With election over, oil market awaits the next surprise

Nov. 21, 2016
Stunning US election results overwhelmed rumors about oil-supply coordination last week, leaving oil prices unsupported by news reports.

Stunning US election results overwhelmed rumors about oil-supply coordination last week, leaving oil prices unsupported by news reports.

Indeed, the physical oil market remains oversupplied. Long-awaited balance keeps getting delayed.

According the International Energy Agency, US Energy Information Administration, and Organization of Petroleum Exporting Countries, the market edged the wrong way in October.

In their monthly projections, all three agencies implied slight month-to-month increases in expectations for annual average balancing values, mainly inventory changes.

Because IEA and OPEC don't project crude production by OPEC members, OGJ calculates balances using year-to-date averages for that crucial variable.

However approximate, the numbers show inventories continue to build, albeit at diminishing rates. The market still has too much oil.

Even worse, among projections for 2017 by IEA, EIA, and OPEC, only IEA's suggests an inventory decline next year.

Production is high at present from the important members of OPEC and Russia, who will be party to any agreement that emerges from Vienna at month's end on supply management.

When OPEC in September disclosed work toward such an agreement, the target range indicated a group production cut of as much as 740,000 b/d. OPEC also requested cooperation from outside its membership-namely, Russia.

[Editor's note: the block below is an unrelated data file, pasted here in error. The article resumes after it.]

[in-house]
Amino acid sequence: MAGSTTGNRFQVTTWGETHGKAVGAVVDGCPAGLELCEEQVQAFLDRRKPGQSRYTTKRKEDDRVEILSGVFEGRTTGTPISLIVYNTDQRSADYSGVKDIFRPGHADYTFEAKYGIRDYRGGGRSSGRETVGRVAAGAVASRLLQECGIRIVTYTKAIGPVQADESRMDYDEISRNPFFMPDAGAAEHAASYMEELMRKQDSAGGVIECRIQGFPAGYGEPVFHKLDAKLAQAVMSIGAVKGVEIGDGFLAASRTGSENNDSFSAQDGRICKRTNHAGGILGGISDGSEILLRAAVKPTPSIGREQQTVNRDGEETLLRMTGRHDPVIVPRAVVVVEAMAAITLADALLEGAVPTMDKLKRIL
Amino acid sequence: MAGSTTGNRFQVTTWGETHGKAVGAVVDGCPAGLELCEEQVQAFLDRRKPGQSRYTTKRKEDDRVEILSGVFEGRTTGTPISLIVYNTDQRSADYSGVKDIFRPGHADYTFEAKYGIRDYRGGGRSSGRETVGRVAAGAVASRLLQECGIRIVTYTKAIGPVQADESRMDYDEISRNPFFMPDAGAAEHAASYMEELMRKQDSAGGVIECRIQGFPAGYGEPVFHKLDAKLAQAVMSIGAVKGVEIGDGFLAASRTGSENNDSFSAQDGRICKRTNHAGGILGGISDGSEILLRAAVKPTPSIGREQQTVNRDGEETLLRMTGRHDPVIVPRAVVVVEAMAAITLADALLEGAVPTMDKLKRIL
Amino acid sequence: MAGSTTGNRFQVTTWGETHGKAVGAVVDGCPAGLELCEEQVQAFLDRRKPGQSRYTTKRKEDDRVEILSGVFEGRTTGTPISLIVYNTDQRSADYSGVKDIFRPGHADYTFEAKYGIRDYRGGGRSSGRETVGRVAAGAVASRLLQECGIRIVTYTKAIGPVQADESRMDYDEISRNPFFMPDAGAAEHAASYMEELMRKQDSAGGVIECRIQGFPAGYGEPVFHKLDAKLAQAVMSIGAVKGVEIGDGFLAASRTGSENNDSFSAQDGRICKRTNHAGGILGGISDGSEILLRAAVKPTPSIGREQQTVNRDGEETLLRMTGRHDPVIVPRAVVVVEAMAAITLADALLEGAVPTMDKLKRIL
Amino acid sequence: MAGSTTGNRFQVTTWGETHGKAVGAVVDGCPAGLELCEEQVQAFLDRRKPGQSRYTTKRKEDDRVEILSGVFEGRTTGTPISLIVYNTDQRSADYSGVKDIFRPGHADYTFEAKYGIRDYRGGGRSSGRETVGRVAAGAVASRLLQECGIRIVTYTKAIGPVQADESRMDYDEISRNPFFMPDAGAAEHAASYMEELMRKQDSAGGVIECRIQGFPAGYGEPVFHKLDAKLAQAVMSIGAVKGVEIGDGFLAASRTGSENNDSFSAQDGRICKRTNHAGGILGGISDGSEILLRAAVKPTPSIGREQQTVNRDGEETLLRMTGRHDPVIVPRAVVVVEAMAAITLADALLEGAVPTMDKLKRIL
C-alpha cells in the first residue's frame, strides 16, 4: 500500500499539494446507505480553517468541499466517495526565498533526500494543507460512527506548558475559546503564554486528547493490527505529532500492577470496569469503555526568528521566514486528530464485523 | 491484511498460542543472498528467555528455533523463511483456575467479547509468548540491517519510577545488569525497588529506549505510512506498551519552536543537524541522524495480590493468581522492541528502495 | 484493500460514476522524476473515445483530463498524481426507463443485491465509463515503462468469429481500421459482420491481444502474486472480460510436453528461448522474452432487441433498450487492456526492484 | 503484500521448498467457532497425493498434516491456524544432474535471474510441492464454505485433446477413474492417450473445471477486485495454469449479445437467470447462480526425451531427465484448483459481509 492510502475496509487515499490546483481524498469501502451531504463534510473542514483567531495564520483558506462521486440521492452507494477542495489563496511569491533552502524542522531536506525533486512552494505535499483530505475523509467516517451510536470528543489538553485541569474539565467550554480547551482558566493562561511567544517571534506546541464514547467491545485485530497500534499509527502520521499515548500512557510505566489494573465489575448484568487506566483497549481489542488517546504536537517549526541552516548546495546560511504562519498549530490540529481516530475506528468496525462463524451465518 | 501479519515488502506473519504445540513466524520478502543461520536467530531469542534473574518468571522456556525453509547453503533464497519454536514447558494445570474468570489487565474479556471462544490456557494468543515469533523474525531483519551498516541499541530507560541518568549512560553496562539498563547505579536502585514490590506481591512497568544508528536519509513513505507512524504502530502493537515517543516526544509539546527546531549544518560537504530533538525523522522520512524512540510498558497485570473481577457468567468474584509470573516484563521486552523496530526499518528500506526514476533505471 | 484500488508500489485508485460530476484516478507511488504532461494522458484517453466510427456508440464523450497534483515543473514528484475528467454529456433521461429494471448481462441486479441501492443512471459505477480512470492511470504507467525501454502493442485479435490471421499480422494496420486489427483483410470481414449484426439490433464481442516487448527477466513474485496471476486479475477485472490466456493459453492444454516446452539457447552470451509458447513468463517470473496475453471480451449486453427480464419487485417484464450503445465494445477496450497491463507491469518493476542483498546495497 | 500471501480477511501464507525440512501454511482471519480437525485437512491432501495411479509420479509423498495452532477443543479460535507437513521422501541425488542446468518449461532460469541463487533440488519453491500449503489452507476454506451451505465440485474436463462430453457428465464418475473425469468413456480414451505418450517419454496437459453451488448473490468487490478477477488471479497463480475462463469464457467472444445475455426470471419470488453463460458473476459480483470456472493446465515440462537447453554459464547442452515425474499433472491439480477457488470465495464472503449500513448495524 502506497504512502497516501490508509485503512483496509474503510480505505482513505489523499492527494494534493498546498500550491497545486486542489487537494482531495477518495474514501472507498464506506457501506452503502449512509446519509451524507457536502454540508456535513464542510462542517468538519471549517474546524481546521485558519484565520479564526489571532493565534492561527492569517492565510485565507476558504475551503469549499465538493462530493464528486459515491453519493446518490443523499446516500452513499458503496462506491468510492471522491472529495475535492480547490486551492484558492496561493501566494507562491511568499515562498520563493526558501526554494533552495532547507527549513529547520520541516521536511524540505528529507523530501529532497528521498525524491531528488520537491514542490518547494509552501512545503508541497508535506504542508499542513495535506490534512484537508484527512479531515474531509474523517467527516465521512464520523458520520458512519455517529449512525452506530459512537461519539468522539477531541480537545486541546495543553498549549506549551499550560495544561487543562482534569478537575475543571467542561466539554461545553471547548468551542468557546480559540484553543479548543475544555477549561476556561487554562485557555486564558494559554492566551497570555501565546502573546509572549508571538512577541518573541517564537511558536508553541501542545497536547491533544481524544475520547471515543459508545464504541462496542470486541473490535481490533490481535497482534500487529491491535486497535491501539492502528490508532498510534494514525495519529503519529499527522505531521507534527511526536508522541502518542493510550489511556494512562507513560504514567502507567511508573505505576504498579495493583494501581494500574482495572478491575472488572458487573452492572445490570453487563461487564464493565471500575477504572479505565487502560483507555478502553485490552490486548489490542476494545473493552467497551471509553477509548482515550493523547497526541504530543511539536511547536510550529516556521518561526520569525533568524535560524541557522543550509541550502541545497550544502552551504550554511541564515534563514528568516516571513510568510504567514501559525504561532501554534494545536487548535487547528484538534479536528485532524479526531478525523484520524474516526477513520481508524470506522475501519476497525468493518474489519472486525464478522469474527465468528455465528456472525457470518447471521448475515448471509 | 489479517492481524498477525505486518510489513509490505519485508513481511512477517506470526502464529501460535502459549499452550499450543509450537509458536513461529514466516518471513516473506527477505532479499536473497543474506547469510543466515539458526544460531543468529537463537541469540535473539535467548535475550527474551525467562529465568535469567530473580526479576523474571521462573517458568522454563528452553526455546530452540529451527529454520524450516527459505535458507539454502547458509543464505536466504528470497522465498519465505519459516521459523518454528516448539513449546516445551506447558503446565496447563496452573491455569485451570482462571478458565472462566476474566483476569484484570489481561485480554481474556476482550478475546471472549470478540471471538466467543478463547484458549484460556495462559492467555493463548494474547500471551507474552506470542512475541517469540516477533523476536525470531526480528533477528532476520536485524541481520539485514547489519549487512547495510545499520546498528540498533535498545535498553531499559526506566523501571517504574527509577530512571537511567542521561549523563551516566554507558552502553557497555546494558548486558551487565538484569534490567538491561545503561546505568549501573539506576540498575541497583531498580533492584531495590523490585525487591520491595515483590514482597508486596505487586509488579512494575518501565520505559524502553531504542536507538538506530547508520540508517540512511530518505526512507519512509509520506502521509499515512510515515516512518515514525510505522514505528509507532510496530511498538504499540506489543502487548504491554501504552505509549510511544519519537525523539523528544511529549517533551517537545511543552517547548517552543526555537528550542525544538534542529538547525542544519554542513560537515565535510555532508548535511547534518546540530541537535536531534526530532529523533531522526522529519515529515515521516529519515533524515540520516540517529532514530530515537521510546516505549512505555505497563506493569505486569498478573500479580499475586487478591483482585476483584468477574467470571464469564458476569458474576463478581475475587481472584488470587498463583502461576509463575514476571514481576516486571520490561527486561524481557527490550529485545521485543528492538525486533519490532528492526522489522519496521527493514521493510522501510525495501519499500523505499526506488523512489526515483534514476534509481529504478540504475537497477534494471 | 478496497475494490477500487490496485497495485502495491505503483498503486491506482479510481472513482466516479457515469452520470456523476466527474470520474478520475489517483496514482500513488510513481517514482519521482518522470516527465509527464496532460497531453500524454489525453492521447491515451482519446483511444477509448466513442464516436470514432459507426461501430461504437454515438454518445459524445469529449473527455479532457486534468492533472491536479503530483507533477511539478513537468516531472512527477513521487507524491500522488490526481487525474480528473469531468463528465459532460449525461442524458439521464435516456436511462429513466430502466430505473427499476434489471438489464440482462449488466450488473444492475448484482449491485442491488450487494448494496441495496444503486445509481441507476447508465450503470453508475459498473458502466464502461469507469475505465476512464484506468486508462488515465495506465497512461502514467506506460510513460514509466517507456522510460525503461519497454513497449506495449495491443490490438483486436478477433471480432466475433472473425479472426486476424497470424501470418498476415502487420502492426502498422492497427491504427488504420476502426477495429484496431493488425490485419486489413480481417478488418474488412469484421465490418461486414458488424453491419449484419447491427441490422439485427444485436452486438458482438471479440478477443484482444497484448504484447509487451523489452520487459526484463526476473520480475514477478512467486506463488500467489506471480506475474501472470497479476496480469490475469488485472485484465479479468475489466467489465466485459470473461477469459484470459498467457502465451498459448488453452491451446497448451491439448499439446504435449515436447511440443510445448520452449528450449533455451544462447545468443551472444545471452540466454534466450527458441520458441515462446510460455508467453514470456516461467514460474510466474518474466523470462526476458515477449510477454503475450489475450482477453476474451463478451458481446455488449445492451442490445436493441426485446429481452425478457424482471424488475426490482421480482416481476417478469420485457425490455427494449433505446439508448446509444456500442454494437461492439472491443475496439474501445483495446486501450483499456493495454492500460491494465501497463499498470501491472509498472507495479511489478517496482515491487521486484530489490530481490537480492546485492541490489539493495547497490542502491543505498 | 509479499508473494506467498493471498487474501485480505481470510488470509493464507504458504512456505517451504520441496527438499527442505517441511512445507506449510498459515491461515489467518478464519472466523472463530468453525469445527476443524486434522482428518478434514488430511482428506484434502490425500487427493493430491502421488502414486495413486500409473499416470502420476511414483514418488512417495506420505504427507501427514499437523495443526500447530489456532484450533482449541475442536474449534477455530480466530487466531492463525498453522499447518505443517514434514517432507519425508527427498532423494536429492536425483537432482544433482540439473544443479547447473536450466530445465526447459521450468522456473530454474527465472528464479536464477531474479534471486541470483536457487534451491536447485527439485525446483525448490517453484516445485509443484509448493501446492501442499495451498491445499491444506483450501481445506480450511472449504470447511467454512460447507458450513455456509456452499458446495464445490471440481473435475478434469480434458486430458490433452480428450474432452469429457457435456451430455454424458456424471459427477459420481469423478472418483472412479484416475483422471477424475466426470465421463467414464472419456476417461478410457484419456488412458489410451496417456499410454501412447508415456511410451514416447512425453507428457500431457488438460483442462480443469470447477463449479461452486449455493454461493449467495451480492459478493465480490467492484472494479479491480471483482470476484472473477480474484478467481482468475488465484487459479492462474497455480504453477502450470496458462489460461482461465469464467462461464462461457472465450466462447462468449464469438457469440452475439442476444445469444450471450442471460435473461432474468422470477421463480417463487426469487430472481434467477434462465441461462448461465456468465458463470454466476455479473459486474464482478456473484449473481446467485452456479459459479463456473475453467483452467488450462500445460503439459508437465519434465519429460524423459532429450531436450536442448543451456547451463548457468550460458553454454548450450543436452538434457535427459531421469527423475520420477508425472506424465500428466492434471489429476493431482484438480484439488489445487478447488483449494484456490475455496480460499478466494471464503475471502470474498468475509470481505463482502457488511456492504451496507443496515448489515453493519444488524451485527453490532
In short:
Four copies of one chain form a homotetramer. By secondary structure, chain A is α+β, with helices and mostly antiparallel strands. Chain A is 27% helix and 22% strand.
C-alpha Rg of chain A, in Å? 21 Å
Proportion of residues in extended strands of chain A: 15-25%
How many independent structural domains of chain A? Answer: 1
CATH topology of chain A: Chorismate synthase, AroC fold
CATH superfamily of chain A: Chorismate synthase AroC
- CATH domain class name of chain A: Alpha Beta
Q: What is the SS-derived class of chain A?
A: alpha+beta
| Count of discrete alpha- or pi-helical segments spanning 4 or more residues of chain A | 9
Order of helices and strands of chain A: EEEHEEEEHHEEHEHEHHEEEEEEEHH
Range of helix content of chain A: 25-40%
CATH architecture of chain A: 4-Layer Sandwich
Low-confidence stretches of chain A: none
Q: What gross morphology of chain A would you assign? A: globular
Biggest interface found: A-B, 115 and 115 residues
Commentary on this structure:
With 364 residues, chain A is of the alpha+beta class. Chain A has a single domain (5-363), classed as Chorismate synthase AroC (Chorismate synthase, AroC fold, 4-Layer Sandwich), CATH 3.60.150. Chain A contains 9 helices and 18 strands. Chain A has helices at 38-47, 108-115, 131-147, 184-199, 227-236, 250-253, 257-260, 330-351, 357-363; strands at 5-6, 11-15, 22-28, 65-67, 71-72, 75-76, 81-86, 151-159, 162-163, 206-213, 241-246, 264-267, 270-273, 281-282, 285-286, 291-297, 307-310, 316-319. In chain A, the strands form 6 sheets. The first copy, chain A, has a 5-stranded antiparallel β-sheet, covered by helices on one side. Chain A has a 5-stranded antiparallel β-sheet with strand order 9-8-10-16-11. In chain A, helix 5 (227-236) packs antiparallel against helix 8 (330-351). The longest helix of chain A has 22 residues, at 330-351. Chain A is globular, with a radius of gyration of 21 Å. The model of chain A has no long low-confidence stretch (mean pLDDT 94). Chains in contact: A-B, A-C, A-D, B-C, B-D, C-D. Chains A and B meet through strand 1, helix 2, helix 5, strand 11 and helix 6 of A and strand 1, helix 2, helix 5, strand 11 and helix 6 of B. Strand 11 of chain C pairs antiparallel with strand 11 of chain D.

More recently, the possibility of a production freeze has entered unofficial conversation. A freeze differs importantly from a cut.

With output already high, the important producers would more readily embrace--and adhere to--a freeze. Most of them can't produce much more than they are now, although Saudi Arabia insists otherwise.

A freeze essentially would enshrine present circumstances, with low-cost suppliers producing at nearly maximum rates and higher-cost competitors slashing output.

That, by the way, is how markets classically work.

Targeting either a freeze or a cut, any agreement would stimulate an oversupplied market obsessed with headlines.

With OPEC's internal politics historically touchy, of course, even a freeze might be too much to expect.

Anything's possible, though. Supposedly learned observers, after all, didn't expect Donald Trump to be elected president.

About the Author

Bob Tippee | Editor

Bob Tippee has been chief editor of Oil & Gas Journal since January 1999 and a member of the Journal staff since October 1977. Before joining the magazine, he worked as a reporter at the Tulsa World and served for four years as an officer in the US Air Force. A native of St. Louis, he holds a degree in journalism from the University of Tulsa.